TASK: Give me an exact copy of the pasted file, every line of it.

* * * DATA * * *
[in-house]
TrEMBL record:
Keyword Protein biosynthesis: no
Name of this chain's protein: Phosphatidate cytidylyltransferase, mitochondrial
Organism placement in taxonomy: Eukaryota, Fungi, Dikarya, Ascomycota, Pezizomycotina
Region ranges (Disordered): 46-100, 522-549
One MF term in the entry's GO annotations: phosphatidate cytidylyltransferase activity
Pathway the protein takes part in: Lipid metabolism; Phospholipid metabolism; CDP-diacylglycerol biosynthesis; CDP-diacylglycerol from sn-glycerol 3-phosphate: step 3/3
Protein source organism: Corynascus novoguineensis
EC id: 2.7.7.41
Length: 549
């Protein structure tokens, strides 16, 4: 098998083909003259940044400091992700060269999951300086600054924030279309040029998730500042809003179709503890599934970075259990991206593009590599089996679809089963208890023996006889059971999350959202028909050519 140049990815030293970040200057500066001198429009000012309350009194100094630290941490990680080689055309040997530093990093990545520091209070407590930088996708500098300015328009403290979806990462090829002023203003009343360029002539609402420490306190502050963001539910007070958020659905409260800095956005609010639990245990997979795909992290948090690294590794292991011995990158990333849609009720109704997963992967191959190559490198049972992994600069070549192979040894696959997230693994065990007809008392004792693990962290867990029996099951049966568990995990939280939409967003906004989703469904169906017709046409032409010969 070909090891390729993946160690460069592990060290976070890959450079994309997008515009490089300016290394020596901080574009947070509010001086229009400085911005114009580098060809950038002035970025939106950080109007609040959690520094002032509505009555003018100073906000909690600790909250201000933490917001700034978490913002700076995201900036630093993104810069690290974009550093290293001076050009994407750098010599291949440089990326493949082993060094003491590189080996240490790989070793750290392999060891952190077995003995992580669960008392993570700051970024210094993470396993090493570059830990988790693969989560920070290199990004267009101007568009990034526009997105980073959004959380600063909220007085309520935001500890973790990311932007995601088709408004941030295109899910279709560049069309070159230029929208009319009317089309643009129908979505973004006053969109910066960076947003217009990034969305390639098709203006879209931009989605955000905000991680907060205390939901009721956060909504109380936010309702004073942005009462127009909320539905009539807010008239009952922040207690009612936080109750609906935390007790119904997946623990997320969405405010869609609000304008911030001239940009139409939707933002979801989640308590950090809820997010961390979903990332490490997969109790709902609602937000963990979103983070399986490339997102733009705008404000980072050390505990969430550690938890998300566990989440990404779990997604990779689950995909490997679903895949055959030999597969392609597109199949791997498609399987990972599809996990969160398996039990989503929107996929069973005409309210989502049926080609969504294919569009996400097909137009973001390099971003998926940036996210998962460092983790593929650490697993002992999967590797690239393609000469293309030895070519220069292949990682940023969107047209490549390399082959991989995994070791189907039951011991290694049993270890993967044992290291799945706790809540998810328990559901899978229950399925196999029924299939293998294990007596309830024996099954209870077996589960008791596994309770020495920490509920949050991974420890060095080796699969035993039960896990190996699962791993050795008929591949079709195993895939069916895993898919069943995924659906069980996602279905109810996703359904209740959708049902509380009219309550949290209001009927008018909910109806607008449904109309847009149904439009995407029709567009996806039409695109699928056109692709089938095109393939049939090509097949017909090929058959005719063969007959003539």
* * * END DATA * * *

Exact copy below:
[in-house]
TrEMBL record:
Keyword Protein biosynthesis: no
Name of this chain's protein: Phosphatidate cytidylyltransferase, mitochondrial
Organism placement in taxonomy: Eukaryota, Fungi, Dikarya, Ascomycota, Pezizomycotina
Region ranges (Disordered): 46-100, 522-549
One MF term in the entry's GO annotations: phosphatidate cytidylyltransferase activity
Pathway the protein takes part in: Lipid metabolism; Phospholipid metabolism; CDP-diacylglycerol biosynthesis; CDP-diacylglycerol from sn-glycerol 3-phosphate: step 3/3
Protein source organism: Corynascus novoguineensis
EC id: 2.7.7.41
Length: 549
């Protein structure tokens, strides 16, 4: 098998083909003259940044400091992700060269999951300086600054924030279309040029998730500042809003179709503890599934970075259990991206593009590599089996679809089963208890023996006889059971999350959202028909050519 140049990815030293970040200057500066001198429009000012309350009194100094630290941490990680080689055309040997530093990093990545520091209070407590930088996708500098300015328009403290979806990462090829002023203003009343360029002539609402420490306190502050963001539910007070958020659905409260800095956005609010639990245990997979795909992290948090690294590794292991011995990158990333849609009720109704997963992967191959190559490198049972992994600069070549192979040894696959997230693994065990007809008392004792693990962290867990029996099951049966568990995990939280939409967003906004989703469904169906017709046409032409010969 070909090891390729993946160690460069592990060290976070890959450079994309997008515009490089300016290394020596901080574009947070509010001086229009400085911005114009580098060809950038002035970025939106950080109007609040959690520094002032509505009555003018100073906000909690600790909250201000933490917001700034978490913002700076995201900036630093993104810069690290974009550093290293001076050009994407750098010599291949440089990326493949082993060094003491590189080996240490790989070793750290392999060891952190077995003995992580669960008392993570700051970024210094993470396993090493570059830990988790693969989560920070290199990004267009101007568009990034526009997105980073959004959380600063909220007085309520935001500890973790990311932007995601088709408004941030295109899910279709560049069309070159230029929208009319009317089309643009129908979505973004006053969109910066960076947003217009990034969305390639098709203006879209931009989605955000905000991680907060205390939901009721956060909504109380936010309702004073942005009462127009909320539905009539807010008239009952922040207690009612936080109750609906935390007790119904997946623990997320969405405010869609609000304008911030001239940009139409939707933002979801989640308590950090809820997010961390979903990332490490997969109790709902609602937000963990979103983070399986490339997102733009705008404000980072050390505990969430550690938890998300566990989440990404779990997604990779689950995909490997679903895949055959030999597969392609597109199949791997498609399987990972599809996990969160398996039990989503929107996929069973005409309210989502049926080609969504294919569009996400097909137009973001390099971003998926940036996210998962460092983790593929650490697993002992999967590797690239393609000469293309030895070519220069292949990682940023969107047209490549390399082959991989995994070791189907039951011991290694049993270890993967044992290291799945706790809540998810328990559901899978229950399925196999029924299939293998294990007596309830024996099954209870077996589960008791596994309770020495920490509920949050991974420890060095080796699969035993039960896990190996699962791993050795008929591949079709195993895939069916895993898919069943995924659906069980996602279905109810996703359904209740959708049902509380009219309550949290209001009927008018909910109806607008449904109309847009149904439009995407029709567009996806039409695109699928056109692709089938095109393939049939090509097949017909090929058959005719063969007959003539």